Last week Jean’s clinic was closed and we decided to plan a last minute vacation to experience one of the places we came all this way to see, Fiordland in the southwest of the South Island. First up was one of New Zealand’s Great Walks, the Kepler Track. The Great Walks are the most publicized and maintained of the New Zealand tramping tracks with staffed huts during the season which require bookings. Shelter, water, bathrooms, bunks and gas cookers are all provided. And in our case at Iris Burn hut on Kepler a very engaging and charismatic hut ranger, Robbie.
The first day was indeed a great walk in to the Iris Burn hut, rain only coming just before we finished our day.
The second day the weather was much worse, record rainfall and high winds. We started anyway but up on the alpine section of track the winds were really high. We encountered a group up on the ridge that had a woman with them that was experiencing severe hypothermia. Two of her friends were helping her down and they were moving OK, at first Jean and I continued on. But Jean decided maybe she could be of some help and it wasn’t that fun with the rain slamming you in the face from the side so we turned around back for the hut. Once everyone got to the hut Jean helped the ranger evaluate the woman’s condition and decided on a helicopter evacuation since it would otherwise be a couple days before she could hike out on her own. Meanwhile I went up with another woman in their party to retrieve some packs they had left to be able to help her down the mountain. So I got my hiking in for the day even though we ended up in the same hut as the night before. I also hiked to a nearby waterfall that was raging with all the recent rain.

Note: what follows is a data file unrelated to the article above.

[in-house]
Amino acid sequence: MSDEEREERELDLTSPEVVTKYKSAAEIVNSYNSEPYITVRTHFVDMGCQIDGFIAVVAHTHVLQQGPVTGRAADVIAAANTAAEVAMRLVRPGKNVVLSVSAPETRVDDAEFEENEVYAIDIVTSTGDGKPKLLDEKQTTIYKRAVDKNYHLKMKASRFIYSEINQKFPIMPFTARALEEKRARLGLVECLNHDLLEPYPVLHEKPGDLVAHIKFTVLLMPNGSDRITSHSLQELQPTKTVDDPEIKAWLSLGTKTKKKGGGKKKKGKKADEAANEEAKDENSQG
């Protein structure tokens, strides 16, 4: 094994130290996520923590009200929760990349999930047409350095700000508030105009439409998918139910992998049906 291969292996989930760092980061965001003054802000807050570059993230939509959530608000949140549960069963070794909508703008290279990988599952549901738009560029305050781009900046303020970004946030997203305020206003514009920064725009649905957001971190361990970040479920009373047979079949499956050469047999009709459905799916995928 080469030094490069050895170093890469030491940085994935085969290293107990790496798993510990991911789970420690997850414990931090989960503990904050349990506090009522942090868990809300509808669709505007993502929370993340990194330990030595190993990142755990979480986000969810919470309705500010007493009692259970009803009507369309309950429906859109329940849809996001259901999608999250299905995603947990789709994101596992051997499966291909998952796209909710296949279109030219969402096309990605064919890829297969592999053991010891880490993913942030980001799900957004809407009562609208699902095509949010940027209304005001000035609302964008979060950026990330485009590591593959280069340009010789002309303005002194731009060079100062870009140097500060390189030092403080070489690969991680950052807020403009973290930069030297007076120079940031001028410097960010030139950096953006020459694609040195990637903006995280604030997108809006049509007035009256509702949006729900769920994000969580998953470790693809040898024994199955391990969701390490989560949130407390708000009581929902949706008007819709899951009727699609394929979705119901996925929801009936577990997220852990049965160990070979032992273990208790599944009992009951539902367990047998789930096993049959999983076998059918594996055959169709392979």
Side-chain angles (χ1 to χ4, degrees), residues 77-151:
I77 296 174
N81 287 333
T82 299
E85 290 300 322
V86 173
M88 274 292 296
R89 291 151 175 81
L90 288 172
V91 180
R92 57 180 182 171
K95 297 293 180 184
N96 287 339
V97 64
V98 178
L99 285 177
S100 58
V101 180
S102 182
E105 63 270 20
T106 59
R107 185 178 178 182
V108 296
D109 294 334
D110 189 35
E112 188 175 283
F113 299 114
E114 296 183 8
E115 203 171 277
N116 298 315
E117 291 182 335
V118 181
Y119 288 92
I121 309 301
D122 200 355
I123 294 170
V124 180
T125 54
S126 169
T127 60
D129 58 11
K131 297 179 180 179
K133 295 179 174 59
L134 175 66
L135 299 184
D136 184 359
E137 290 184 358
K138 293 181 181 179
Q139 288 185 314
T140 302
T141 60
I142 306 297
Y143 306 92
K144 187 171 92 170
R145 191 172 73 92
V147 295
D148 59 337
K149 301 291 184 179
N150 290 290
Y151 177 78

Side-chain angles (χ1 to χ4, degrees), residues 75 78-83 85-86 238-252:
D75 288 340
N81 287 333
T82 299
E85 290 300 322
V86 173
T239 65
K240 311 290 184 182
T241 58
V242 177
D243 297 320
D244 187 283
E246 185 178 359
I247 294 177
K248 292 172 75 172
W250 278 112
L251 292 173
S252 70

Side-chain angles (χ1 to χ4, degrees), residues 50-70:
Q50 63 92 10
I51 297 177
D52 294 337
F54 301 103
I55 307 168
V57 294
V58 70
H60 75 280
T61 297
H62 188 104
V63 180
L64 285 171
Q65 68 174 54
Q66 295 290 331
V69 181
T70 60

The next day we had to hike out the way we came in so we missed the second half of the track and Luxmore hut. However we loved what we did see of the Kepler and I am thinking of running the Kepler Challenge if I can get an entry.
We then had a rest day in Te Anau which we were both glad for.
Next up was an overnight kayak in to Doubtful Sound. Here we got absolutely blessed with conditions. Skies cleared as we made the schlep over to the start of the kayak which involves a shuttle from Te Anau, a boat ride across Lake Manapouri and then a bus ride on a road over a pass to Doubtful Sound, a road that connects to nowhere else. We saw dolphins, waterfalls, birds.
We didn’t encounter much wind except for on the last day when we used it to sail part of the way back to our cove. We had a great guide, Josh. The only downside was the masses of sandflies at our camp. They are vicious little buggers.